Forever young, forever loud
Longtime readers of Insider won’t be surprised to read that younger enthusiasts like vintage cars just as much as the people who were driving them when they were new. This holds particularly true for muscle cars, which consistently rank among the top vehicles Hagerty quotes insurance on for millennials and Gen–Xers.
However, there is some variation among the generations for the most popular makes. According to their share of insurance policy quotes, Gen–X likes Chevrolet more than the other generations, while Boomers like MOPARs more than most. Millennials match Boomers for the order of preferences but notably quote Shelbys the least—almost as infrequently as AMC. Of course, that says more about the cost of Shelbys (average condition 3 value $219,792 vs. $21,688 for AMC) than their desirability.
Looking at the most popular models, based on the share of policy quotes, millennials quote Mustangs more often than Boomers. Gen–X likes Camaros along with Chevelles and Novas more than the other generations. Meanwhile, Boomers go to the GTO more often.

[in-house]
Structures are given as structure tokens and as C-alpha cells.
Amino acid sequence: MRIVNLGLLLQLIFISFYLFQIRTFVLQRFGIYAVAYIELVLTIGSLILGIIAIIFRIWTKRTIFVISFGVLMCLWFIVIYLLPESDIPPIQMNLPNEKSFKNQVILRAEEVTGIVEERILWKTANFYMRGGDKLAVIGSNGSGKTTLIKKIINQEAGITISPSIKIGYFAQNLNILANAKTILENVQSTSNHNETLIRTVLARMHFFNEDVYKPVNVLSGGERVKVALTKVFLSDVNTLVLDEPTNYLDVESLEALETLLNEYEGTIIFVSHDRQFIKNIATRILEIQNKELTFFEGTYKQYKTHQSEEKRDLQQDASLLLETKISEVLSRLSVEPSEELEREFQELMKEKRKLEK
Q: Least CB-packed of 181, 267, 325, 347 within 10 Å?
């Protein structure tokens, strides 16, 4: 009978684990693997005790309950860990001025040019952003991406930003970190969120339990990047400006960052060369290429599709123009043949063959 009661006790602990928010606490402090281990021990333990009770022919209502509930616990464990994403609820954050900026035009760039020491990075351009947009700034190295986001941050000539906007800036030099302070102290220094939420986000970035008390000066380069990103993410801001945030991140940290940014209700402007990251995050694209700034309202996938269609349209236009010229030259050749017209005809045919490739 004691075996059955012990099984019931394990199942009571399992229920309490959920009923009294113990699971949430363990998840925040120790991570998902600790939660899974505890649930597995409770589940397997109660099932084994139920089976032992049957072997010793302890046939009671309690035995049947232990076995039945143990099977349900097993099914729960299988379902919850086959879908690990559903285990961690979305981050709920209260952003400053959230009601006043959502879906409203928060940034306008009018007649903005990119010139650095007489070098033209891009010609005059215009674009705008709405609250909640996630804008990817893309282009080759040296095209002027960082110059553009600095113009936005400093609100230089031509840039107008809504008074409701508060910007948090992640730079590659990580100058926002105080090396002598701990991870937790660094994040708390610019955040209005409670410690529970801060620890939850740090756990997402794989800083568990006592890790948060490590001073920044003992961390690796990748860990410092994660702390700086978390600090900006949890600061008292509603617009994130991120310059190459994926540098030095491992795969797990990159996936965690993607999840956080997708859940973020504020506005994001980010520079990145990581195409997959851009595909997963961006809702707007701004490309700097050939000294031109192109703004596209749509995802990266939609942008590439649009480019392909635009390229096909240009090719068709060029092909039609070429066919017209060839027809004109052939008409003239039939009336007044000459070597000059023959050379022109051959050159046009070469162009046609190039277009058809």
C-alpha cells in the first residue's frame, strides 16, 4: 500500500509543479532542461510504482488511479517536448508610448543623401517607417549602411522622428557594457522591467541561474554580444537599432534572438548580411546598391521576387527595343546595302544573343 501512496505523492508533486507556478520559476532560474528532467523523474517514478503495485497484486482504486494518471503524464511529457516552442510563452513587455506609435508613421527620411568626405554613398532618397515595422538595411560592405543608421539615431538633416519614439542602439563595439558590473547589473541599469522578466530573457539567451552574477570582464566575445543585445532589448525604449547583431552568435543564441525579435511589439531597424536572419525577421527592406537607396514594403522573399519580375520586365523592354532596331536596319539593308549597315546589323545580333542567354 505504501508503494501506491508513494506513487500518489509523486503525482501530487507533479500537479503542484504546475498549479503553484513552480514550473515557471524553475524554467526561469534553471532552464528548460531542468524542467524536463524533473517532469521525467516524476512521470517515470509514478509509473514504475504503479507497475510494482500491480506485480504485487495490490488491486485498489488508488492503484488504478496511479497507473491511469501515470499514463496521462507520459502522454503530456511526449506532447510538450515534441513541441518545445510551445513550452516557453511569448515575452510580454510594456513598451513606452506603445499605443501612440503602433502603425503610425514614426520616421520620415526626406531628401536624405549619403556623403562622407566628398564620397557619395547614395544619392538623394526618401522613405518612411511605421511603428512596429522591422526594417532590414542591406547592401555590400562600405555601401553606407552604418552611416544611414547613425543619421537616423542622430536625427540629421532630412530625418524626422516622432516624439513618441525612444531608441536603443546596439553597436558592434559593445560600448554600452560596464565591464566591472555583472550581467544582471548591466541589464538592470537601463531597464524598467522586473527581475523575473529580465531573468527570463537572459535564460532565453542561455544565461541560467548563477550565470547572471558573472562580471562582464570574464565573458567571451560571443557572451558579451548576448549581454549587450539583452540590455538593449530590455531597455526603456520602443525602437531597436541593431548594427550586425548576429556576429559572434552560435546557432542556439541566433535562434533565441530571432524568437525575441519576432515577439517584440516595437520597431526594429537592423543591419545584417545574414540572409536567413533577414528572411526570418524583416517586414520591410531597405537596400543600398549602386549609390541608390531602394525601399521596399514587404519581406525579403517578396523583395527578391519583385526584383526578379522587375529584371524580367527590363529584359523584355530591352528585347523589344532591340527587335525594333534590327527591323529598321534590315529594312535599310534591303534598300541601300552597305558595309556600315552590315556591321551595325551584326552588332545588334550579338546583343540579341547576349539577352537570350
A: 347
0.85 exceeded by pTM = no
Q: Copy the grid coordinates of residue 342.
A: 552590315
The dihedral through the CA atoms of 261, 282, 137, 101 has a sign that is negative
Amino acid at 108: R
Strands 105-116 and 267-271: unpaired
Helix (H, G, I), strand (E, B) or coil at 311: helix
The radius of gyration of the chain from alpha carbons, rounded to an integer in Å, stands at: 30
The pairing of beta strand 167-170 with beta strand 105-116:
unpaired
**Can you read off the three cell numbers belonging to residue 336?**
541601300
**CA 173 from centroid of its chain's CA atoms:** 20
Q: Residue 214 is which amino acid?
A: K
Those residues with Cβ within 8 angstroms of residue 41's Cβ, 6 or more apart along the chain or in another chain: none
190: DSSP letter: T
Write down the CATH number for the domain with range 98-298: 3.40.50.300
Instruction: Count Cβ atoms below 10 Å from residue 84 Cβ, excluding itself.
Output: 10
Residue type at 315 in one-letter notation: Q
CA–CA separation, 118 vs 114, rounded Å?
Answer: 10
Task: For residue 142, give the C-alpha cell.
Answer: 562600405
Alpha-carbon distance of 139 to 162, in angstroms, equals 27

While the health of the muscle car market was questionable without the usual big live in-person auction events where they star, private market numbers, and a (slowly) growing online auction presence show the market has picked up since April of 2020. That increase in pace of sales doesn’t quite match more modern performance cars, but it remains a larger segment. Also, while some makes and models within the group lag, the market’s core is performing well.
Most important, the segment benefits from a broad base of enthusiasts of all ages. The fact that muscle cars don’t trade as frequently via online auctions as do modern classics says more about the focus of the most popular platforms than it does about the staying power of muscle car buyers. In any event, the many channels used for buying and selling muscle cars, and their broad appeal, show the segment is more than pulling its weight in the enthusiast vehicle market.